CROSS-REFERENCE TO RELATED APPLICATIONS
This application claims the benefit of U.S. provisional patent application Ser. No. 61/244,396, filed on Sep. 21, 2009 for “Liquid-Resistant Connectors and Covers for Equipment Using the Same,” by Douglas Harland Murdoch and Michael Sturm, the disclosure of which is incorporated herein by reference.
STATEMENT REGARDING FEDERALLY SPONSORED RESEARCH OR DEVELOPMENT
1. Field of Invention
The field of the invention relates to connectors.
Connections must sometimes be made to water-resistant or waterproof sheeting without defeating the water-resistant or waterproof quality of that sheeting. For example, a waterproof bag intended for use in white water rafting may have to be connected to a shoulder strap or a handle. A tent fly may need to be connected to a line to secure the tent against wind. The means by which the connection is made should not lead to openings in the sheeting that will cause leaks when exposed to moisture. This could happen if the connection is sewn to the sheeting because the stitching will penetrate the water-resistant or waterproof sheeting. It may be possible to avoid the use of stitching by welding or gluing the connector to the sheeting. Stitching, however, is most commonly used because it is easier to use, is well known, does not require expensive welding equipment, is strong, and is reliable.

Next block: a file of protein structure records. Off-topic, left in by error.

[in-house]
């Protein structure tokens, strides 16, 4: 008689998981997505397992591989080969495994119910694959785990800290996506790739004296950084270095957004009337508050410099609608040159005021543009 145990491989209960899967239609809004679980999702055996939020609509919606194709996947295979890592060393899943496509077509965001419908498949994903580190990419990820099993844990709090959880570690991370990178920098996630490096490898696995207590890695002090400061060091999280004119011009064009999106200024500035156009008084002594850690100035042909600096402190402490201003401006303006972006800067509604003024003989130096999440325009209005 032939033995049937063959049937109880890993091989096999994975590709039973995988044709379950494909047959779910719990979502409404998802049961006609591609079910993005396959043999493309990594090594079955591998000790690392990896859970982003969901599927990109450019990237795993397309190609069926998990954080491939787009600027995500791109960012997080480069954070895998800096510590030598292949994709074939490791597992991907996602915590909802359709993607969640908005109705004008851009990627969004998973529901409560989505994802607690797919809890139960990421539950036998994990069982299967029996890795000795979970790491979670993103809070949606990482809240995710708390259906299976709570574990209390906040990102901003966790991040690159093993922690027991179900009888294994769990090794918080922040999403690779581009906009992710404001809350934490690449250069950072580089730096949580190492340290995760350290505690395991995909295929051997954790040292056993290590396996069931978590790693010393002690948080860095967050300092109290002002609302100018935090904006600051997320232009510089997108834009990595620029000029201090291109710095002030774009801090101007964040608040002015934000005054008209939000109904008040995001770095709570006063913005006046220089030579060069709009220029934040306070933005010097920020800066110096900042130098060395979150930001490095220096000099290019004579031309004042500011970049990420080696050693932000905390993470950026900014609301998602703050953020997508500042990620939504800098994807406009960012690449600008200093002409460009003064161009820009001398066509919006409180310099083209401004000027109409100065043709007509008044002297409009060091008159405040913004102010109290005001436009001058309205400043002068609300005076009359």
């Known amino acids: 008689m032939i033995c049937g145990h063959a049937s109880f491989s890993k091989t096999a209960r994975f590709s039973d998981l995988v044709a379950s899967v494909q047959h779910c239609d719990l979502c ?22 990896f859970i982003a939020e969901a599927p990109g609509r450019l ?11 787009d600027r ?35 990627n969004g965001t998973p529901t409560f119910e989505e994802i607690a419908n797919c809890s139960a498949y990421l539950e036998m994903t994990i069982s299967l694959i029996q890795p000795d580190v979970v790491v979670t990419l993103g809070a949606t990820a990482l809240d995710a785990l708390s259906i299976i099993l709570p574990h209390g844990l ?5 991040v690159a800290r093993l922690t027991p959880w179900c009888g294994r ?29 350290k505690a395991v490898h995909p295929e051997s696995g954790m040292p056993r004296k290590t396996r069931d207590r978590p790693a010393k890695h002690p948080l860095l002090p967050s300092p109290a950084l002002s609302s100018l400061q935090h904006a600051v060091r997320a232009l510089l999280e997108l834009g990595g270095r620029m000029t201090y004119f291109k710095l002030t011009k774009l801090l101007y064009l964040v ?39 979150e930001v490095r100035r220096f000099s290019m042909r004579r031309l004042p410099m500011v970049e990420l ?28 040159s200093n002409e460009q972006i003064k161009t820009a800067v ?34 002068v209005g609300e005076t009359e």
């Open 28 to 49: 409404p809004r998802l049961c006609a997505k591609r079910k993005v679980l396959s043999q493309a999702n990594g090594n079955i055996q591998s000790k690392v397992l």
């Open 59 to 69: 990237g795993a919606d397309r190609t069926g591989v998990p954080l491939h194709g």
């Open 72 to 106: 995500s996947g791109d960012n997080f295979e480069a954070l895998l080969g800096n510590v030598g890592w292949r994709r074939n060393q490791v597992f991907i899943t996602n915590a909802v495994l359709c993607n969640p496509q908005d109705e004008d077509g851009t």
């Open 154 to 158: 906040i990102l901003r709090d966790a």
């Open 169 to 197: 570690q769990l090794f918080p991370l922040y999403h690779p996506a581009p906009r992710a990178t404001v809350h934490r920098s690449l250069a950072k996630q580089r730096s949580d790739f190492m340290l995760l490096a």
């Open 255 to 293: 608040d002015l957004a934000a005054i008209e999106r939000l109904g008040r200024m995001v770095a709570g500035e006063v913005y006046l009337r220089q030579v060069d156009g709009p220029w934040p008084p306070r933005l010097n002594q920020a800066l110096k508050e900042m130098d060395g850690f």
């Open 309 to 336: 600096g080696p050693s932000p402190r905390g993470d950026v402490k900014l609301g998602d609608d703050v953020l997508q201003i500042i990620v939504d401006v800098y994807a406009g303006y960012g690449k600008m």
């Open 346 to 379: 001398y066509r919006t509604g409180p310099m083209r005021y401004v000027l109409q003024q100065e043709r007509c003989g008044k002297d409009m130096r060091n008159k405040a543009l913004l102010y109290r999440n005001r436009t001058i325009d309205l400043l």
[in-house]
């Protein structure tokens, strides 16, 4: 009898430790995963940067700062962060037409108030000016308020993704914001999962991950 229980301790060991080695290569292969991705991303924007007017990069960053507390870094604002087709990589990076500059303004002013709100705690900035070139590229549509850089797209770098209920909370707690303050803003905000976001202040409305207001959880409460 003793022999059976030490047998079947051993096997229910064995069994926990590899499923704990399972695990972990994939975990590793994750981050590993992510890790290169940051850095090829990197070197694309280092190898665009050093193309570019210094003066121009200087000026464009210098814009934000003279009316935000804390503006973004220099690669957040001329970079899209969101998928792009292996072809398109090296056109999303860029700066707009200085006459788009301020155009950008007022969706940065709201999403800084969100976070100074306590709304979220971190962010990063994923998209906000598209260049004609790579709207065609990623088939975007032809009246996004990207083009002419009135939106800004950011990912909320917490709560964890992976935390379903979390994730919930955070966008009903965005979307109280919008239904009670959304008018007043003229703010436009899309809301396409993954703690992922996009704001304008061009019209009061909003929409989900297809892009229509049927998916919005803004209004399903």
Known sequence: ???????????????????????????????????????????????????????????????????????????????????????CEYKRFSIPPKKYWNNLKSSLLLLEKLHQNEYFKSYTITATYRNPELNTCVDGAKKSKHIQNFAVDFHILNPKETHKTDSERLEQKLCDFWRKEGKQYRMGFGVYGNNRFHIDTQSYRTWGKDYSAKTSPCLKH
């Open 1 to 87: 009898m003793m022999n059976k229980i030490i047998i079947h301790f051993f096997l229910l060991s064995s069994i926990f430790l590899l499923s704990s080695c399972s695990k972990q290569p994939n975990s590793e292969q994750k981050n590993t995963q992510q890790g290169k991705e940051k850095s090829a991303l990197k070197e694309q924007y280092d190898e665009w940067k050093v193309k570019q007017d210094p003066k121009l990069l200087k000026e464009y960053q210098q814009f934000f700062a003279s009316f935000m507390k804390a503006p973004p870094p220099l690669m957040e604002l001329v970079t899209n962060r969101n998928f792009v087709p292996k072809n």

Hitherto, connections to water-resistant or waterproof sheeting utilizing stitching have been secured against moisture by applying a water-resistant tape over the stitching or by applying a sealant to the stitching, in the same manners as seams are sealed. This is a laborious and sometimes uncertain solution. It may be difficult or impossible to seal stitching in certain cases by using these means.
An example of a connection that is difficult to seal using conventional means is one that would permit a shoulder or neck strap to be used with a rain cover for a camera and lens. Some current rain covers pass the shoulder strap through openings in the rain cover to anchor points on the camera body or lens. This makes a breach in the barrier against moisture provided by the rain cover.
Preferably, the strap would be connected to the rain cover and the rain cover would be connected to a supporting strap that would support the camera and lens.